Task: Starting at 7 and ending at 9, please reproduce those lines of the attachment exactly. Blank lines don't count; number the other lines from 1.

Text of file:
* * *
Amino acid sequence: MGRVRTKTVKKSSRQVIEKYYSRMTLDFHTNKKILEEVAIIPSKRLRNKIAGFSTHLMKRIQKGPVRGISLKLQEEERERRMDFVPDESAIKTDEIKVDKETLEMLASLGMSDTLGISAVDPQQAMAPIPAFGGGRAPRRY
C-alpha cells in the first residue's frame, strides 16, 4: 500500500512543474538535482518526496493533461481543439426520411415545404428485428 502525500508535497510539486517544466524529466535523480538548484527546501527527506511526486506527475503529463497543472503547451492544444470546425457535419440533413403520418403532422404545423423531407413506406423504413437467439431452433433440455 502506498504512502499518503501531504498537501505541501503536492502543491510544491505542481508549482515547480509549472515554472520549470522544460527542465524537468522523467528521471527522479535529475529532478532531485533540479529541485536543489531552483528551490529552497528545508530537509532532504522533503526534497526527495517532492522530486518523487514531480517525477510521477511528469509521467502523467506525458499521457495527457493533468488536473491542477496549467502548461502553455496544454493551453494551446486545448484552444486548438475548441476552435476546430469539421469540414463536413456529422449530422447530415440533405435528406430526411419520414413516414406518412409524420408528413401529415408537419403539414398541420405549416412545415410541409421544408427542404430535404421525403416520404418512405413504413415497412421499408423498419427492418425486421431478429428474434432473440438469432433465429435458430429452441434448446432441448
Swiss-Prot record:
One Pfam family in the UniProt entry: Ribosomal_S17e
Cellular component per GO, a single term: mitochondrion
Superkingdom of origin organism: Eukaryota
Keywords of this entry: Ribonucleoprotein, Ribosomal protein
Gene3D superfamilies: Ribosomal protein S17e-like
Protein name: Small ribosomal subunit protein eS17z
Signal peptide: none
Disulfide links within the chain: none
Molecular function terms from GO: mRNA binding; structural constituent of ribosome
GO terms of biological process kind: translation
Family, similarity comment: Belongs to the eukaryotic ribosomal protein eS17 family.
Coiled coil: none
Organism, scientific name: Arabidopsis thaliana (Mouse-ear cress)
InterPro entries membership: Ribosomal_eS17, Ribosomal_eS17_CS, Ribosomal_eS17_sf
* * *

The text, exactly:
Keywords of this entry: Ribonucleoprotein, Ribosomal protein
Gene3D superfamilies: Ribosomal protein S17e-like
Protein name: Small ribosomal subunit protein eS17z